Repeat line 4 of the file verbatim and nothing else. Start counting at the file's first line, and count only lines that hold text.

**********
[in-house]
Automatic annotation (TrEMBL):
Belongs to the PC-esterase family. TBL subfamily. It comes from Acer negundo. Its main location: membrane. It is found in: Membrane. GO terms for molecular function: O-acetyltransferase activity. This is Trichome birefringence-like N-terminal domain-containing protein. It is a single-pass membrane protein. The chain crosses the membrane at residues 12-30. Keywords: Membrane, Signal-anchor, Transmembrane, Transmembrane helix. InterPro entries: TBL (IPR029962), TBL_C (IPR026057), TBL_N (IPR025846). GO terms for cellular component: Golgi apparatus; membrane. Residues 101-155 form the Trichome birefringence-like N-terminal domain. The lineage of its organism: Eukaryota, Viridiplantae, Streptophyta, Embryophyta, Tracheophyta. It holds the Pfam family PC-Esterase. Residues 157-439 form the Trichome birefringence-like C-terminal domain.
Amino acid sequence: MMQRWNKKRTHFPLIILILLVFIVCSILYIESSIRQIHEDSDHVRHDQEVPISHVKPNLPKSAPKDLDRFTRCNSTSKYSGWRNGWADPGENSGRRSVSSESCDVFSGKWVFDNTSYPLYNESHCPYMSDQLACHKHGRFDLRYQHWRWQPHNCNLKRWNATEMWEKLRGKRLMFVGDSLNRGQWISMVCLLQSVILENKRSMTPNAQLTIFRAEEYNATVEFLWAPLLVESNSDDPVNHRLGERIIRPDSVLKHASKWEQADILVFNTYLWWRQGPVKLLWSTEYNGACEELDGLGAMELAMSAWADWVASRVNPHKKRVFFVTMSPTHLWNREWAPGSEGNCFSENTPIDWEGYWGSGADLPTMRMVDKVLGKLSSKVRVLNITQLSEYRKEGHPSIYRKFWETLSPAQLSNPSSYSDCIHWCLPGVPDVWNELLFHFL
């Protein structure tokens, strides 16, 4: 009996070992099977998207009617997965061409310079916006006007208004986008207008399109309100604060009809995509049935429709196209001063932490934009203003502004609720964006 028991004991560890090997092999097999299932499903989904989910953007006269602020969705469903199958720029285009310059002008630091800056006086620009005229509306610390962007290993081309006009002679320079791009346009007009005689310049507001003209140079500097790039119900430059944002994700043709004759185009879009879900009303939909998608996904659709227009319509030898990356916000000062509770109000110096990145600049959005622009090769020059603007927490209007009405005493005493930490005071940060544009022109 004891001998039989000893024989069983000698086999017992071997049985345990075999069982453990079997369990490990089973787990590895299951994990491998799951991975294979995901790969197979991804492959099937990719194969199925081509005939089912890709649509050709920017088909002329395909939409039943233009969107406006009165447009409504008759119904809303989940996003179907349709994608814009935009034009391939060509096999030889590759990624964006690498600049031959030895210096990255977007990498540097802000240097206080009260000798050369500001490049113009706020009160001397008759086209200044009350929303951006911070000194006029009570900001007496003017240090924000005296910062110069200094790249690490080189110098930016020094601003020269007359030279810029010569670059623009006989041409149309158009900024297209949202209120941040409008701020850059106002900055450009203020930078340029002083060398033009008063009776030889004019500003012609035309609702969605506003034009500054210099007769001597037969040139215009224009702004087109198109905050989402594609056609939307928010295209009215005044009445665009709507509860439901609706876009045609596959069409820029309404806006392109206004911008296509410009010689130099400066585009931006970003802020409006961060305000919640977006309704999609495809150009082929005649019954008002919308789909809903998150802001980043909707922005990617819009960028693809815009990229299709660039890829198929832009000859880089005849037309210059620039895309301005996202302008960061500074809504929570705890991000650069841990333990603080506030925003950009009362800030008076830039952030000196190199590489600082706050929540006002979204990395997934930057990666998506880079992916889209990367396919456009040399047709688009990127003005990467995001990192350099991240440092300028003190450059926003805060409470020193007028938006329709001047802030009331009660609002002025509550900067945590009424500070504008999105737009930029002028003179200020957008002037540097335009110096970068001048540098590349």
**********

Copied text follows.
Amino acid sequence: MMQRWNKKRTHFPLIILILLVFIVCSILYIESSIRQIHEDSDHVRHDQEVPISHVKPNLPKSAPKDLDRFTRCNSTSKYSGWRNGWADPGENSGRRSVSSESCDVFSGKWVFDNTSYPLYNESHCPYMSDQLACHKHGRFDLRYQHWRWQPHNCNLKRWNATEMWEKLRGKRLMFVGDSLNRGQWISMVCLLQSVILENKRSMTPNAQLTIFRAEEYNATVEFLWAPLLVESNSDDPVNHRLGERIIRPDSVLKHASKWEQADILVFNTYLWWRQGPVKLLWSTEYNGACEELDGLGAMELAMSAWADWVASRVNPHKKRVFFVTMSPTHLWNREWAPGSEGNCFSENTPIDWEGYWGSGADLPTMRMVDKVLGKLSSKVRVLNITQLSEYRKEGHPSIYRKFWETLSPAQLSNPSSYSDCIHWCLPGVPDVWNELLFHFL